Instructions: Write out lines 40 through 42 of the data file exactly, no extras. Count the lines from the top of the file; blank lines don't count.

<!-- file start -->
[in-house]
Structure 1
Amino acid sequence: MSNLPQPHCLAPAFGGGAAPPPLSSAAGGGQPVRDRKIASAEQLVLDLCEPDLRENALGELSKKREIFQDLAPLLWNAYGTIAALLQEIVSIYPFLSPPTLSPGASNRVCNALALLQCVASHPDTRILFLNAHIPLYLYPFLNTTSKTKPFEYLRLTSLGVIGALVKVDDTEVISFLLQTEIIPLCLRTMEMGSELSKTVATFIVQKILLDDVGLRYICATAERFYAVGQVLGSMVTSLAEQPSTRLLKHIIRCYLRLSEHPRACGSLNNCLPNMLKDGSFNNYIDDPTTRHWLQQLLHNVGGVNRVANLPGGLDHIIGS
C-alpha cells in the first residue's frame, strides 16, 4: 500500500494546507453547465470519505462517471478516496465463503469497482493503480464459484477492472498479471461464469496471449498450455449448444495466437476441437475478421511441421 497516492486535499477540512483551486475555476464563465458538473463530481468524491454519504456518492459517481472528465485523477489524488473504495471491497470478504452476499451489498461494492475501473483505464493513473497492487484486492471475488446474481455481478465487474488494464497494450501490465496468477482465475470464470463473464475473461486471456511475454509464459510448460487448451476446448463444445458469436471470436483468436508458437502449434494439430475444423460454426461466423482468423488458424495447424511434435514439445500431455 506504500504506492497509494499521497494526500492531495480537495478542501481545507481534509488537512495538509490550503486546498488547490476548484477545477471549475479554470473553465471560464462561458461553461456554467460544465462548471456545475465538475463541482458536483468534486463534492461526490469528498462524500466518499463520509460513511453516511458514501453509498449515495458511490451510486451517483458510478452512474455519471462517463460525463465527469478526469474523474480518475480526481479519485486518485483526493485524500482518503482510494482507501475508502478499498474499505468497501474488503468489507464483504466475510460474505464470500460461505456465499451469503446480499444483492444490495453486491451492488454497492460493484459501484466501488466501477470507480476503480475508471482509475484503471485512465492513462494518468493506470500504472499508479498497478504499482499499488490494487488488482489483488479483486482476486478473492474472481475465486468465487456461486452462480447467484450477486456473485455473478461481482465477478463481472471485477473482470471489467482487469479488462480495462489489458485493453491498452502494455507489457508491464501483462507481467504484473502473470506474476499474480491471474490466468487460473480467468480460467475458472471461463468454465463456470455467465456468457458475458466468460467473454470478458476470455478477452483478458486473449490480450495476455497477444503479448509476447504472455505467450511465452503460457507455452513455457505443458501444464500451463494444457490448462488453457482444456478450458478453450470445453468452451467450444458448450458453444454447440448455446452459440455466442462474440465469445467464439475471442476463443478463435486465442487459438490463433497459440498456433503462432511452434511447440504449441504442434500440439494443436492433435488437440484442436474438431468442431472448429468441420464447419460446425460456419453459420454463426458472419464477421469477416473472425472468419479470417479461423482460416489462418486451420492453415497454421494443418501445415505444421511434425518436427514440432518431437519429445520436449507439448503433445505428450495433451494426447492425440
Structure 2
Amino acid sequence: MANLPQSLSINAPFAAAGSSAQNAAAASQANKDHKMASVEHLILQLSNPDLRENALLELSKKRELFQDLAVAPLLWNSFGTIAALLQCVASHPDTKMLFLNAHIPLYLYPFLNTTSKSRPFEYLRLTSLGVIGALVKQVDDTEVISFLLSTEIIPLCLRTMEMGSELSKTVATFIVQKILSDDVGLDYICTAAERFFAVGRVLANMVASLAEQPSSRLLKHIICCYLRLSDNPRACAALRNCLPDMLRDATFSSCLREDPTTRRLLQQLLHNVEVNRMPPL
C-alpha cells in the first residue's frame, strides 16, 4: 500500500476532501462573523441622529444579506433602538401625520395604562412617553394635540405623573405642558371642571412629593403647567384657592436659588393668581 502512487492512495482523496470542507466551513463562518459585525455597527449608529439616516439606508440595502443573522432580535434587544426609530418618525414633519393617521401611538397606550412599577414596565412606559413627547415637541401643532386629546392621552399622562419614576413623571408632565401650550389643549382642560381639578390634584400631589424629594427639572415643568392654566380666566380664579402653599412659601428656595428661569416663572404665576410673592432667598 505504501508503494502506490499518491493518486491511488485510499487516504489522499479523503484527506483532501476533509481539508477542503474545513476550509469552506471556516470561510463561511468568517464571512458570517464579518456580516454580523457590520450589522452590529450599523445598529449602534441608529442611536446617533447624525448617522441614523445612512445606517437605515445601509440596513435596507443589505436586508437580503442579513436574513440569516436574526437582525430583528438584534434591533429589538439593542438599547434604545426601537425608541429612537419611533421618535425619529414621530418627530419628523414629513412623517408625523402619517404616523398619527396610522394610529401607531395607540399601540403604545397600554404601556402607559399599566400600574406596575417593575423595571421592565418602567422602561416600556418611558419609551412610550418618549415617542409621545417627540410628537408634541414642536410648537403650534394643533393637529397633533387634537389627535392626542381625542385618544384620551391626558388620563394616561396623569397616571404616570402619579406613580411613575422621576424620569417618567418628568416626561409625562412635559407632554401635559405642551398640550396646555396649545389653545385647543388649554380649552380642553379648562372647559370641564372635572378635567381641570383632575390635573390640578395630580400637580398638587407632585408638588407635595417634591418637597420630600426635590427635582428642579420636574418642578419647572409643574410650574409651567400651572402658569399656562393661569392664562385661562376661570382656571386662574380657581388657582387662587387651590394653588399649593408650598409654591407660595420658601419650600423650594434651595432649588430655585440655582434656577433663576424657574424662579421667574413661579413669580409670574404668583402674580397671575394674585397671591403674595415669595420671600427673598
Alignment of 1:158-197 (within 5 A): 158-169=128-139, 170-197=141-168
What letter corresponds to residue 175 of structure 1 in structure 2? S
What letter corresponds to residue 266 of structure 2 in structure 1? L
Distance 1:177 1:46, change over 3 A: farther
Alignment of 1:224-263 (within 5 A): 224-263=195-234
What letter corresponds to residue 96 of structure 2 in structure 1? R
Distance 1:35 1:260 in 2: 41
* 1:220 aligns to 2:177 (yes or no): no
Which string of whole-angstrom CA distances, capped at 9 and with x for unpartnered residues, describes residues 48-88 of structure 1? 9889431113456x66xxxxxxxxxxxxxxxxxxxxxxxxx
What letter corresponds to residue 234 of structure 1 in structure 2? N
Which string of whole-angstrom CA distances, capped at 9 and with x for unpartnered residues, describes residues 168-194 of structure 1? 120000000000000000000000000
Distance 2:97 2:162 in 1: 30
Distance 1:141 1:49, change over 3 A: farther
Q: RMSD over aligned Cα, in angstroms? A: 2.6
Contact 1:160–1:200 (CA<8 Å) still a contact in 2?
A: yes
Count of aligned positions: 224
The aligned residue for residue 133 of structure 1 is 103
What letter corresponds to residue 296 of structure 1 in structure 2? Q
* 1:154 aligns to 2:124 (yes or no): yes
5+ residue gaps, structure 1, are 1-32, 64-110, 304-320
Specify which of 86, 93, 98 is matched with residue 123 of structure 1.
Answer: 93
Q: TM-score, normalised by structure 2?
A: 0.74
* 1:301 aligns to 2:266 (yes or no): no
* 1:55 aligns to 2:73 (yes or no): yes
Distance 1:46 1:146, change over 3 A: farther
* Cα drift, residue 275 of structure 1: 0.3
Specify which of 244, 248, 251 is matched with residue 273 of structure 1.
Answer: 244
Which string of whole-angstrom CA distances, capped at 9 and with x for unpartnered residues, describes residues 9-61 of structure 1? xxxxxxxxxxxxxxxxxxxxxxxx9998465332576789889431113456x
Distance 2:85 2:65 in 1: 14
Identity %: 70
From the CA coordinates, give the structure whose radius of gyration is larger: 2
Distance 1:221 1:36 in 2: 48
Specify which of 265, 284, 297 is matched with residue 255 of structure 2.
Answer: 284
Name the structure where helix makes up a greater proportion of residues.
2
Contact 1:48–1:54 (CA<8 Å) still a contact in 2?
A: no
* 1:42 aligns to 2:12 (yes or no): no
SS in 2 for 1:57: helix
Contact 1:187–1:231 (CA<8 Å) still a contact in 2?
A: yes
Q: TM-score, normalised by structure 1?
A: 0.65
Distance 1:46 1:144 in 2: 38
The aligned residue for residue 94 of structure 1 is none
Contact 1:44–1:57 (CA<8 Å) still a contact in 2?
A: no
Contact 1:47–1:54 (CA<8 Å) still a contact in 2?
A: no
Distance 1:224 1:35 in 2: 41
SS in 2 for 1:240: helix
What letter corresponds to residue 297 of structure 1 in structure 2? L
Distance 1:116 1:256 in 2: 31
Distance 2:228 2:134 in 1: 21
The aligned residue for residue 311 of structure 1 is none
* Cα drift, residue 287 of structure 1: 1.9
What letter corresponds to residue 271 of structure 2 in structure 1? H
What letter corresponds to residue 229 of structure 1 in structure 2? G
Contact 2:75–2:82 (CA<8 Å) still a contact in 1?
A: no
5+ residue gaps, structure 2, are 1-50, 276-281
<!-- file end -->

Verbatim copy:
Distance 2:85 2:65 in 1: 14
Identity %: 70
From the CA coordinates, give the structure whose radius of gyration is larger: 2